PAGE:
Typically, city flakes do as much damage as possible, as quickly as possible, then rapidly depart as road salt and sun do their work. Only a few gray/brown icy piles and a bunch of dirty cars remain to give evidence of their visit. In contrast, north-country flakes stick around for several months providing thousands of hours of stress relieving joy for snowmobile, ski and snow shoe enthusiasts reveling in the forest’s pristine, snow-trimmed landscape.
Now and then a bunch of rowdy city flakes drive up from Milwaukee, intimidate the country flakes and generally cause some local disruption. It’s amazing how just a few depraved city flakes can give good country flakes a bad name. In fact it wasn’t long ago that I saw some of them smacking into my windows. How can I be sure they were city flakes? For one thing, they were charging the ground, grinning maniacally. Country flakes float and flutter and would have smiled gleefully. For another, as I shoveled my walk that day, I felt my back twinge – a sure sign that these were wet, sloppy city flakes – the evil twins.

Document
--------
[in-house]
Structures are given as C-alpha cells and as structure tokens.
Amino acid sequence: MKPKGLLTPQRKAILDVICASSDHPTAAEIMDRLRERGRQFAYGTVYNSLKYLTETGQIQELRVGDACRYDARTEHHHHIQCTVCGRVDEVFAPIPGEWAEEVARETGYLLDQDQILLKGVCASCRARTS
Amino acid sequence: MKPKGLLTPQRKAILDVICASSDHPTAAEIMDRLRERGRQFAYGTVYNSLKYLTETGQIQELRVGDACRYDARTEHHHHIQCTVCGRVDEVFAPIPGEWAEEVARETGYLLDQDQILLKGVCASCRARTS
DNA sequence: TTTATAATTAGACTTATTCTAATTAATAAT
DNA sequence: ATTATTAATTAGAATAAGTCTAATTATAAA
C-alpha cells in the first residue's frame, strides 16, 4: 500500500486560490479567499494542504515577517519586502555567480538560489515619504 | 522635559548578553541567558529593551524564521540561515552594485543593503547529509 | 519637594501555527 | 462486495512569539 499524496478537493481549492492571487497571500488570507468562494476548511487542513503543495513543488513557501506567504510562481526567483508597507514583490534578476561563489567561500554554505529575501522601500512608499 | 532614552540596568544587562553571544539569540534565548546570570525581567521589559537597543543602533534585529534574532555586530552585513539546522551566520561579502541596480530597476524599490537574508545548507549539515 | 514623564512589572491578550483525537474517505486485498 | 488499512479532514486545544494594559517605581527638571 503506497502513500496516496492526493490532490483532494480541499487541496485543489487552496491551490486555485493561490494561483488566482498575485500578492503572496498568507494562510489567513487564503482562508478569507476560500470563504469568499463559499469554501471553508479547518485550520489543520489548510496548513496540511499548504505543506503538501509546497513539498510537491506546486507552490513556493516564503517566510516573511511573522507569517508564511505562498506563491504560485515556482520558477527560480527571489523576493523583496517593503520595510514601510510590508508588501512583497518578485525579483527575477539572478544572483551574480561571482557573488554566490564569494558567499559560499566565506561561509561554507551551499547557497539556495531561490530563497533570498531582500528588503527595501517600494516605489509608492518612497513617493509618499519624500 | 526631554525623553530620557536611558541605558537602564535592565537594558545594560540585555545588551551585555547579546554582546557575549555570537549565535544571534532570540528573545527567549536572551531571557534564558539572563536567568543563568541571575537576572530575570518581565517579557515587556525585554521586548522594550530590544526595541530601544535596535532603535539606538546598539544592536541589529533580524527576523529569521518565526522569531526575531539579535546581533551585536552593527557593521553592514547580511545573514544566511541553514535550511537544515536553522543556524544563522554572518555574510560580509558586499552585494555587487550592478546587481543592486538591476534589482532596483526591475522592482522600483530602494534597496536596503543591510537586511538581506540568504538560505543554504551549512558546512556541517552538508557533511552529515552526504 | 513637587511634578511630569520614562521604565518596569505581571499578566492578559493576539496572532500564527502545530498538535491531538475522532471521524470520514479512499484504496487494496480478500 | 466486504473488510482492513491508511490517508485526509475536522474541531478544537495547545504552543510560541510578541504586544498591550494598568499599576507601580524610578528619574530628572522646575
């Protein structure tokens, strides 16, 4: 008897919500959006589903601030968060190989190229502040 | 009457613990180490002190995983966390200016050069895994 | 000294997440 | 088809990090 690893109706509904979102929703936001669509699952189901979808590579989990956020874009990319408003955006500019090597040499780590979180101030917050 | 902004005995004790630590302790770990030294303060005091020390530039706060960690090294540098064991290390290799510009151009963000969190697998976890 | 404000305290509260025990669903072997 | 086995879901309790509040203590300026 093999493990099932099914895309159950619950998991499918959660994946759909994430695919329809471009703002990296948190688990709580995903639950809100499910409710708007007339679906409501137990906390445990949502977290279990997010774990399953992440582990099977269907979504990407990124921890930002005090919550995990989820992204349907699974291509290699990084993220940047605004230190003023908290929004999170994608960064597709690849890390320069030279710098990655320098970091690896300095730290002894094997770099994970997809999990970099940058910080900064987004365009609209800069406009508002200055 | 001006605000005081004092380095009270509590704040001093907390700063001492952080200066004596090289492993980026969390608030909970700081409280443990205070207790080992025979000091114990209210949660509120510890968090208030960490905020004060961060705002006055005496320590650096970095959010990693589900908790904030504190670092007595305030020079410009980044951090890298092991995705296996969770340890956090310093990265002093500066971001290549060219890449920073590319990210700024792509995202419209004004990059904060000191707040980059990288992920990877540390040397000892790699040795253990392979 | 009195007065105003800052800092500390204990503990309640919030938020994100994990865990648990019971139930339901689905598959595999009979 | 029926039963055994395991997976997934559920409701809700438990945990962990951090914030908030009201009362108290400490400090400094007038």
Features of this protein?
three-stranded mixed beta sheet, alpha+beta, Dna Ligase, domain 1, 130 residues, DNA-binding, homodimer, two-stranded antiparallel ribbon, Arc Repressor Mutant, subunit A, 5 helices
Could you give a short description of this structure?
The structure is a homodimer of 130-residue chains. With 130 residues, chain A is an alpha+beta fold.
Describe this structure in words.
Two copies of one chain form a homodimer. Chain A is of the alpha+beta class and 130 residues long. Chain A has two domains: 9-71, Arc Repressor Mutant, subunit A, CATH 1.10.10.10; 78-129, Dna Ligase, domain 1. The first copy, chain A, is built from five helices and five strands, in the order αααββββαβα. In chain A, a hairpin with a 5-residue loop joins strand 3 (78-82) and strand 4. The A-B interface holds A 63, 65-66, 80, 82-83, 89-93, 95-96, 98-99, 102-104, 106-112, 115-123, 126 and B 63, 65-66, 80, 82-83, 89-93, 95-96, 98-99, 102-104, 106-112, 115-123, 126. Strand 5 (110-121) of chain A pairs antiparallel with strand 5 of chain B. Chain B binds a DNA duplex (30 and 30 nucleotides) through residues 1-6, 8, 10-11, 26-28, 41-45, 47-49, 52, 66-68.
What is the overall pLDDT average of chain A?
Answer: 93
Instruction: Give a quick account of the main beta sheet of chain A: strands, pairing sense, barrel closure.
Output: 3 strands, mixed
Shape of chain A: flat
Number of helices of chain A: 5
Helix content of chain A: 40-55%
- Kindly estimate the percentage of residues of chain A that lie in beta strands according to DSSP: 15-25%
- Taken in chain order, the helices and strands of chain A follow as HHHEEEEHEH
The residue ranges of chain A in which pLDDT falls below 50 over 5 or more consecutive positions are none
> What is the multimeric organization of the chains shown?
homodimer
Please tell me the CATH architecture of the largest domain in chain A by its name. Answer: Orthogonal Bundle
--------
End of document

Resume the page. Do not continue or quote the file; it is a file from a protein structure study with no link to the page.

Snow shoeing is a great winter time activity. It’s good exercise and you can hike to difficult places you wouldn’t dream of attempting during the summer.
This morning I woke up feeling that I should go snow shoeing and maybe find some picture opportunities. The snow has blown off most of the trees so the forest isn’t quite so picturesque now and that makes finding decent winter pictures more of a challenge. Under these circumstances I look for small vignettes that dramatize my impression of a crisp winter day.
The only roadblock to my snow shoe plans was my leather easy chair. We got it shortly after we moved in and after five years, it’s molded perfectly to my form. It is sooooo comfortable. I have it situated next to the big picture windows in our living area giving me an excellent view of the river, the forest and the snow. This morning, ensconced in my comfortable chair with a hot mug of coffee, the idea of snow shoeing lost some of its allure.
I guess I would have been smarter buying a less comfortable chair, a chair that would encourage me to leave it more often – something like a milking stool or maybe a used electric chair.
When I finished my mug of coffee I got up from my chair to get a refill and once up, decided that if I was going out, I’d better do it before my butt became permanently glued to the seat cushion.
Buddy and I wandered about, me looking for pictures, Buddy looking for something disgusting to snarf up. I took some pictures and Buddy ate some tree bark. I’m not sure which of us was more successful in our pursuits.